Wonderful book! I loved the details on their trips that they took. I never knew this much about Mozart-I didn't even know he had a sister! Nannerl and I probably would've gotten along because I sometimes feel like she feels towards her father. Very very good reading-I read it in a few days and Nancy Moser is now a favorite author of mine-will request more books of hers in the future!
I thoroughly enjoyed learning about Mozart's life. I have never studied Mozart, only listened to his music. I never even knew he had a sister. After spending so many years in Germany, the book just came to life. The author did an excellent job of bringing to light the details of history while filling in just enough fiction to make the characters come to life.
A fascinating story about Nannerl Mozart, Wolfgang Amadeus Mozart's older sister who was talented in her own right. One must remember it's fiction, but all in all a nice bit of insight into what life must have been like in the shadow of her brother.
This is a very insightful historical novel about Maria Anna "Nannerl" Mozart, sister to Wolfgang Amadeus. Most of us know his name well, but are not aware that his sister, 6 years older than he, was also an outstanding musician - some say she was at least his equal on the keyboard. As children they toured Europe playing duets and concerts for the crowned heads and for the public. However, because she was a girl she was not given encouragement to compose music, as a she grew into a young woman she was expected to marry and have children rather than become a public musician.
Nancy Moser, based on research in to the extensive collection of Mozart correspondence, has tried to sensitively enter into the emotions of this young woman living in a very complex setting.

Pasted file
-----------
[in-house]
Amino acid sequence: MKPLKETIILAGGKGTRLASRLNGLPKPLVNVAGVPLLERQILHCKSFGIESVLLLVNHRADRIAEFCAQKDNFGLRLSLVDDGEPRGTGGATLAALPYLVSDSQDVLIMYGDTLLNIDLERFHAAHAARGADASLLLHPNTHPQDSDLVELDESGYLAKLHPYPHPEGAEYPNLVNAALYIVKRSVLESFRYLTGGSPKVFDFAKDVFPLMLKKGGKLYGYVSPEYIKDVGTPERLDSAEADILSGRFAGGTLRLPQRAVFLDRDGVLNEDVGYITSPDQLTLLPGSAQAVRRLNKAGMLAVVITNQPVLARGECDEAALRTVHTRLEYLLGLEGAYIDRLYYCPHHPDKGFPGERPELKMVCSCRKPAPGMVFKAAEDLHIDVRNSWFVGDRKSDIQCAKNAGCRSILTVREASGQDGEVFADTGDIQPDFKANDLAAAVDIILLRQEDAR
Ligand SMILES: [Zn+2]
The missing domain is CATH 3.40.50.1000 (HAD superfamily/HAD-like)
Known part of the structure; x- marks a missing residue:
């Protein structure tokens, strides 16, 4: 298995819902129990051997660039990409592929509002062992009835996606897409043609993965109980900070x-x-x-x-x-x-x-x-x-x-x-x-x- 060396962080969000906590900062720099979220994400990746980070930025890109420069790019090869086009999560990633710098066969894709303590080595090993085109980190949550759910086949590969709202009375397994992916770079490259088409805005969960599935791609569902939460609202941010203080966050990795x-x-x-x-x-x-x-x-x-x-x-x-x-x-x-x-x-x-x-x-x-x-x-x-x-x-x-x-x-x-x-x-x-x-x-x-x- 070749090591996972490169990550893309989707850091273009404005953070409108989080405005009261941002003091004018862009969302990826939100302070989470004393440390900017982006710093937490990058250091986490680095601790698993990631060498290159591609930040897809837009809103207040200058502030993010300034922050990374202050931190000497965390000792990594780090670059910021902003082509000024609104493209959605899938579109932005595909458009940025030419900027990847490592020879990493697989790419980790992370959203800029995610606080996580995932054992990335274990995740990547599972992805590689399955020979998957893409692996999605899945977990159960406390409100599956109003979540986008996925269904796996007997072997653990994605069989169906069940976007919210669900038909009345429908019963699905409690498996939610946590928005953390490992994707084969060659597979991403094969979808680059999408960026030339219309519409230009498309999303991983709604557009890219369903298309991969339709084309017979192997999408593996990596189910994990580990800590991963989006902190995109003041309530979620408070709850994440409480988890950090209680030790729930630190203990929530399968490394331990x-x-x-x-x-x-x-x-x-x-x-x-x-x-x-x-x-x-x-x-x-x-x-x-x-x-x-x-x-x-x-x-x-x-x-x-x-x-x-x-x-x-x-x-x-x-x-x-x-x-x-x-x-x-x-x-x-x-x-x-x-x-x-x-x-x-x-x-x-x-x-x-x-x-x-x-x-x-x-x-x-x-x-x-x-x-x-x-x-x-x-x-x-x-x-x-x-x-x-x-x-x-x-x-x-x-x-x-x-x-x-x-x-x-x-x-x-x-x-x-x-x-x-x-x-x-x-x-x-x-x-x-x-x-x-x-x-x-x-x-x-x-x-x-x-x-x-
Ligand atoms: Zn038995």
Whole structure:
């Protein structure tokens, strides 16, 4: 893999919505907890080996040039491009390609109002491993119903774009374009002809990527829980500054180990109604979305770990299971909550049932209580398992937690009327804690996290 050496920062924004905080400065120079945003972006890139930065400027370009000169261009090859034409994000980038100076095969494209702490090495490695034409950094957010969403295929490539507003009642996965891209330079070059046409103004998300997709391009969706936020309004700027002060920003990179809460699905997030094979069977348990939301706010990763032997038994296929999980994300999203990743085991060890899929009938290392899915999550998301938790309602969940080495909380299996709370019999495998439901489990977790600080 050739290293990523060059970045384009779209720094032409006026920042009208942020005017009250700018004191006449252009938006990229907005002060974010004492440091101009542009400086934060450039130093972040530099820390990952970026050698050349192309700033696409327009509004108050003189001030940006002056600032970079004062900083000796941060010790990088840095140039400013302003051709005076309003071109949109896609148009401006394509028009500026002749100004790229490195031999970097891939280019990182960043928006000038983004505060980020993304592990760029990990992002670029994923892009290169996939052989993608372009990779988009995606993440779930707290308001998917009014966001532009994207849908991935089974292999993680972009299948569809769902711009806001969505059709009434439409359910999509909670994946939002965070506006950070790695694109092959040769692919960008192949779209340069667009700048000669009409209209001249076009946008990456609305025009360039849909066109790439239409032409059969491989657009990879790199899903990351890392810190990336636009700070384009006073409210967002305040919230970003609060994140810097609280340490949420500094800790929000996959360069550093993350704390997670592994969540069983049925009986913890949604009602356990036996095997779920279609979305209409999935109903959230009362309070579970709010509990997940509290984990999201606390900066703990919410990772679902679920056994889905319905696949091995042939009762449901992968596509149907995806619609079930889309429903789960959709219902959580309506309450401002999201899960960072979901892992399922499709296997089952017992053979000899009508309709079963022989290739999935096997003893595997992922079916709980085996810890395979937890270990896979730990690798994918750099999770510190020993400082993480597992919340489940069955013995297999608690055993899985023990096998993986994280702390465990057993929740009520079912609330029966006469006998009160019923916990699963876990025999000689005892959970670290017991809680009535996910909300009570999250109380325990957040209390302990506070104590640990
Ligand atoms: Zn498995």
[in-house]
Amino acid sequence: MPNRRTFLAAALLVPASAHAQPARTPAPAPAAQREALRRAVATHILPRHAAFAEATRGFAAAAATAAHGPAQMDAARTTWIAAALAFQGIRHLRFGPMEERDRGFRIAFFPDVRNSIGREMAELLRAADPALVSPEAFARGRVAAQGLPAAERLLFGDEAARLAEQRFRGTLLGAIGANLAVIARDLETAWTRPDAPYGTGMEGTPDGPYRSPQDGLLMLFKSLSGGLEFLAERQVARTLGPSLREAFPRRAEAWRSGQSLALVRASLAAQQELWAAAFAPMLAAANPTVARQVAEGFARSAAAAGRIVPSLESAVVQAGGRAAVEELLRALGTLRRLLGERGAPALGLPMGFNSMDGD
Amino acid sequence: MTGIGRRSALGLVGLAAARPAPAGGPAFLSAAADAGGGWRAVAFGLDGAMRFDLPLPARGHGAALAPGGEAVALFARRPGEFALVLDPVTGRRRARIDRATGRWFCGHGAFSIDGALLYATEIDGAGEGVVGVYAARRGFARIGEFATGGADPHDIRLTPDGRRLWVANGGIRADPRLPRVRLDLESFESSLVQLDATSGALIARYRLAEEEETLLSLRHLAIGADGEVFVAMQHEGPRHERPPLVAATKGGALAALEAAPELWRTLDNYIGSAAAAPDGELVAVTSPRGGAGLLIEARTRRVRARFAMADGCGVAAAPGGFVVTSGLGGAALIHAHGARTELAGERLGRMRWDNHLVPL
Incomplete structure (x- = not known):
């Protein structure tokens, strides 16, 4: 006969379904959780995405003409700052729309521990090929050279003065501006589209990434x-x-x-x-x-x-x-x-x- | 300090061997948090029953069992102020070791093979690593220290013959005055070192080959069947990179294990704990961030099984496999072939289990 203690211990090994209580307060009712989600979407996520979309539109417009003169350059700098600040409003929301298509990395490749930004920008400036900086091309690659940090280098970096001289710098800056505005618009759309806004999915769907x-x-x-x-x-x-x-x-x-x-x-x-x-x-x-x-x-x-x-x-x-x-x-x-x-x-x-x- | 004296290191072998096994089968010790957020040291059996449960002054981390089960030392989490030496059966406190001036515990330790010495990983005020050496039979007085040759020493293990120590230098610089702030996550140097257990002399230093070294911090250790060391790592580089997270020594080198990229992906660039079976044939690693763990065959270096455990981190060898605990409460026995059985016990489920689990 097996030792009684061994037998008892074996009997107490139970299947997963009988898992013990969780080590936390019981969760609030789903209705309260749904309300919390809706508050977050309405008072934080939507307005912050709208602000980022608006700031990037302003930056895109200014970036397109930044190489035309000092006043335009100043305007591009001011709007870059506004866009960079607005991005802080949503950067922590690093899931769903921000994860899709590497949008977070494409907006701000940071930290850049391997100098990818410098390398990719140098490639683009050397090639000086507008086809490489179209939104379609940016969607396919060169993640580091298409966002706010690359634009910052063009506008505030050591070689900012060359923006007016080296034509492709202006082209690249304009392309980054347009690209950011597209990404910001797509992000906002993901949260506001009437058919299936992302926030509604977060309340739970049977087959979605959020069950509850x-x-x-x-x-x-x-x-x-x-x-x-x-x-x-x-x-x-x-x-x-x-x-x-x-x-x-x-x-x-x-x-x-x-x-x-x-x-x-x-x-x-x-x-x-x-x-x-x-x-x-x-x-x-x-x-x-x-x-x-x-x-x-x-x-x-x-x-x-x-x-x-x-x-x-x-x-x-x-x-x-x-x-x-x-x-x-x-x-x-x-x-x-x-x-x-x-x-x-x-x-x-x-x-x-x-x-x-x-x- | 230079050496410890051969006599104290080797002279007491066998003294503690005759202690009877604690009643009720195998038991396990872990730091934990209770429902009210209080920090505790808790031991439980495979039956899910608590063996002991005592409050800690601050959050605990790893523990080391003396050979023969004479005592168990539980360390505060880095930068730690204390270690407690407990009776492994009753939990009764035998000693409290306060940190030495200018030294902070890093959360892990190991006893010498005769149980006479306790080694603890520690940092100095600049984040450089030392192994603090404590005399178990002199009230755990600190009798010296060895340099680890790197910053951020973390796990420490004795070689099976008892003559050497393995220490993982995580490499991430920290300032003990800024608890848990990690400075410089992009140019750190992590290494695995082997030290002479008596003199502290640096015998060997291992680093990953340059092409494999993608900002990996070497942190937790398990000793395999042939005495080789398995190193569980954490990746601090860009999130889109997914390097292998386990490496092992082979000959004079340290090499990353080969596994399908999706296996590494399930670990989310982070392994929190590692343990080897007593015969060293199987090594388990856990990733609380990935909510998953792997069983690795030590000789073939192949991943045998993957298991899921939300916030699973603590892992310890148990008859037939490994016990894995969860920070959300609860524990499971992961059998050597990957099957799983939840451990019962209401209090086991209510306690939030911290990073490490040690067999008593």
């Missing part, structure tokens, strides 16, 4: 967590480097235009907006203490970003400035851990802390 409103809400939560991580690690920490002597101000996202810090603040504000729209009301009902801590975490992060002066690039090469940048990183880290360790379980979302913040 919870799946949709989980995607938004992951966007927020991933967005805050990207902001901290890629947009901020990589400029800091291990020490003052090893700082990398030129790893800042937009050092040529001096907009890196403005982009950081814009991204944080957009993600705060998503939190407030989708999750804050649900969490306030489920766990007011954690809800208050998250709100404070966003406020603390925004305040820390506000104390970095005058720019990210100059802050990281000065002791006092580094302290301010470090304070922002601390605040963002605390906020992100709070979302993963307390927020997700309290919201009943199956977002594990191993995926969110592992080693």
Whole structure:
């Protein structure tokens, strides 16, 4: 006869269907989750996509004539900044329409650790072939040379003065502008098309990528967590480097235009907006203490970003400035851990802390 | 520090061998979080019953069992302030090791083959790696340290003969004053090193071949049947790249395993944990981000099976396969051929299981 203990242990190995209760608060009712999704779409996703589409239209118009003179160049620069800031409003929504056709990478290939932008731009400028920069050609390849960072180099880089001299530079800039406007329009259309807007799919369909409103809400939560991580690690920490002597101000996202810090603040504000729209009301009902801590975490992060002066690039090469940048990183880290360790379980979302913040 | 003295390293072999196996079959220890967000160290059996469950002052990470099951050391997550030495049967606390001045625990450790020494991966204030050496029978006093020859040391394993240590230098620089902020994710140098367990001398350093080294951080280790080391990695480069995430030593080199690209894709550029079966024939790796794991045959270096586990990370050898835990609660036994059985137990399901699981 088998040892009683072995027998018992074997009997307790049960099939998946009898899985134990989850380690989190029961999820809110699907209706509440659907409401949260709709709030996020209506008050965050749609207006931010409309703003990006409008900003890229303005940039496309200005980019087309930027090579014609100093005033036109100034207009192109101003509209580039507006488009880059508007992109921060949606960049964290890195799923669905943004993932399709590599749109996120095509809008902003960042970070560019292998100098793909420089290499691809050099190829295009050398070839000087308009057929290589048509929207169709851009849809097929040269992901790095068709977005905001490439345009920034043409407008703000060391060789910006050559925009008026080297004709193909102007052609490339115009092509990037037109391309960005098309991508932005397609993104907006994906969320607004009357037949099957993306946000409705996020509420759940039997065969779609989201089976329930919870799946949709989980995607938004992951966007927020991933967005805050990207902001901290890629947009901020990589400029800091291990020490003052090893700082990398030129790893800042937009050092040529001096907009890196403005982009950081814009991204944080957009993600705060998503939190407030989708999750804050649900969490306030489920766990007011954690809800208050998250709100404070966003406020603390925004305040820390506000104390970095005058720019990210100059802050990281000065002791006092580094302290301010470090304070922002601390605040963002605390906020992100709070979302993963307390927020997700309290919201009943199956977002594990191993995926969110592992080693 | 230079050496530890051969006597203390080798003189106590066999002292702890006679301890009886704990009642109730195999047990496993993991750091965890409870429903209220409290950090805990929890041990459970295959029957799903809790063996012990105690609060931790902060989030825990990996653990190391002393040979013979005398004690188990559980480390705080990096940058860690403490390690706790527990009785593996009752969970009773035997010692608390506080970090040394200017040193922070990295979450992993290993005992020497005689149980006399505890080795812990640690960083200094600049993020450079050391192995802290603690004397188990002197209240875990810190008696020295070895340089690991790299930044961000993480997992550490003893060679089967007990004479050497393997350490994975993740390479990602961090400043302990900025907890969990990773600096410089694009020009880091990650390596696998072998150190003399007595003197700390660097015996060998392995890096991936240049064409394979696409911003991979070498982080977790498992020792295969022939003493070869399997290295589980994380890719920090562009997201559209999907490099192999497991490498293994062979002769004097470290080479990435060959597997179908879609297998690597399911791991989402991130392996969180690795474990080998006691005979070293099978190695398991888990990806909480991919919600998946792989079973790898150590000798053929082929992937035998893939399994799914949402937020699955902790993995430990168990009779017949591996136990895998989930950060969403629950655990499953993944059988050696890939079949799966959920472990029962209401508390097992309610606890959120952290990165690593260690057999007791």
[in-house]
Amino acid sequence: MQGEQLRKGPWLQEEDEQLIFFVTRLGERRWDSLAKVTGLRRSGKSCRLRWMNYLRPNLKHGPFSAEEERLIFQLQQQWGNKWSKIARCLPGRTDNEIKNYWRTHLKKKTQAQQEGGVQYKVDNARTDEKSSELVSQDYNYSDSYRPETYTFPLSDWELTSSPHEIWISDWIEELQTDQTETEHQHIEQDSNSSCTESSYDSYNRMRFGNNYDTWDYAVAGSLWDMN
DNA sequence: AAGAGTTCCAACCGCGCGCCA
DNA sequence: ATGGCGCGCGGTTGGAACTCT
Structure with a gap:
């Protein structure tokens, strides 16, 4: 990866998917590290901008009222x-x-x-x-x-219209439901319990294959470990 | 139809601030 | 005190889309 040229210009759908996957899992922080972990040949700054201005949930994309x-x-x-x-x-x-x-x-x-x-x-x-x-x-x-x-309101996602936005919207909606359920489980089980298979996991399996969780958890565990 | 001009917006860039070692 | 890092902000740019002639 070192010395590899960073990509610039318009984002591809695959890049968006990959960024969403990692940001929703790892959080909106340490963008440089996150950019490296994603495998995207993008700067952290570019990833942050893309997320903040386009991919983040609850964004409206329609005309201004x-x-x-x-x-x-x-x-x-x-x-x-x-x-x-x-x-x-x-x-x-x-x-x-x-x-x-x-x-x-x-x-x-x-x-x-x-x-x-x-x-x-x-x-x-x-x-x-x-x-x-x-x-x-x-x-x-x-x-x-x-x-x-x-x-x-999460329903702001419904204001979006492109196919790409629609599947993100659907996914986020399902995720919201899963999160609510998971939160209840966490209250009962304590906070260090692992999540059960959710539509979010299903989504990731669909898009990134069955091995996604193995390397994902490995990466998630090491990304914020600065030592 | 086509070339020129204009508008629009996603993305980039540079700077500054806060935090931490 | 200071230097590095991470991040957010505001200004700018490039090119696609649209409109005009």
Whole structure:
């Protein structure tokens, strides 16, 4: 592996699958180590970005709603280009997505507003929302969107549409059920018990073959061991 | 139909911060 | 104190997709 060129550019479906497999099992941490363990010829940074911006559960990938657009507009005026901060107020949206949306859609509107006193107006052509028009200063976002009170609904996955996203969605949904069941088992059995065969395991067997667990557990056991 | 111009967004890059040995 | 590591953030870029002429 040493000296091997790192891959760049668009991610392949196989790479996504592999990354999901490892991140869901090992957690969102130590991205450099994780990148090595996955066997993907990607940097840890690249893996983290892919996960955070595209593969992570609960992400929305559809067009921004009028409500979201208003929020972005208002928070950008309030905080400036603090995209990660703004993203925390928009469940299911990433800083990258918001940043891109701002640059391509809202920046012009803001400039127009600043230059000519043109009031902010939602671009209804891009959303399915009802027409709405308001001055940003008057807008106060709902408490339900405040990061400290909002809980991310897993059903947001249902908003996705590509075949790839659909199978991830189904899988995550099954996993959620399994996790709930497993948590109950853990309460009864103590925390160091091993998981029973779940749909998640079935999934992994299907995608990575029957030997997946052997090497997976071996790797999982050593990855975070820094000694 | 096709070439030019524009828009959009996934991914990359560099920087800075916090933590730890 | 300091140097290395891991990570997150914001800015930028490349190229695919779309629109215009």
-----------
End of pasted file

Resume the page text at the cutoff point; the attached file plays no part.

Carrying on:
I enjoyed this book, especially the later chapters dealing with her emotional adjustment to marriage and to the many changes in her life.
This book was on an interesting subject. I enjoyed reading it, although I did get tired of the constant whiny, wishy-washy tone of the main character-she did shape up near the end. And Mozart's father-he sounds almost like the Kit Culkin of the 1700s!
Very interesting look into the like of a woman few knew about. Enjoyed it very much!
This book gives wonderful insight into the life of a woman in 18th c. Germany. Talented in her own right, Nannerl Mozart was very limited by her gender. Able to travel and entertain nobility all over Europe with her brother at a young age, she was then confined to a much more restricted life. Moser does a great job of describing the anguish she undergoes throughout a life composed by duty, rather than the desires of her heart.
Interesting subject but I did not care for the writing or execution. The first half of the book about Nannerl and Wolfie as children and all the traveling and performances was interesting. The last half of the book could have been summed up in about 30 pages. What really turned me off was the contemporary writing style and words supposedly spoken by a girl in the 1700s and the liberal use of one and two word sentences. Whatever happened to a well constructed sentence that conveys the time period and feelings of the characters? I alternately felt the author/character was stamping her foot or shouting at me with all the one word sentences.
An interesting glimpse of what life might have been like for Nannerl Mozart, talented in her own right, yet often overlooked in favor of her younger brother..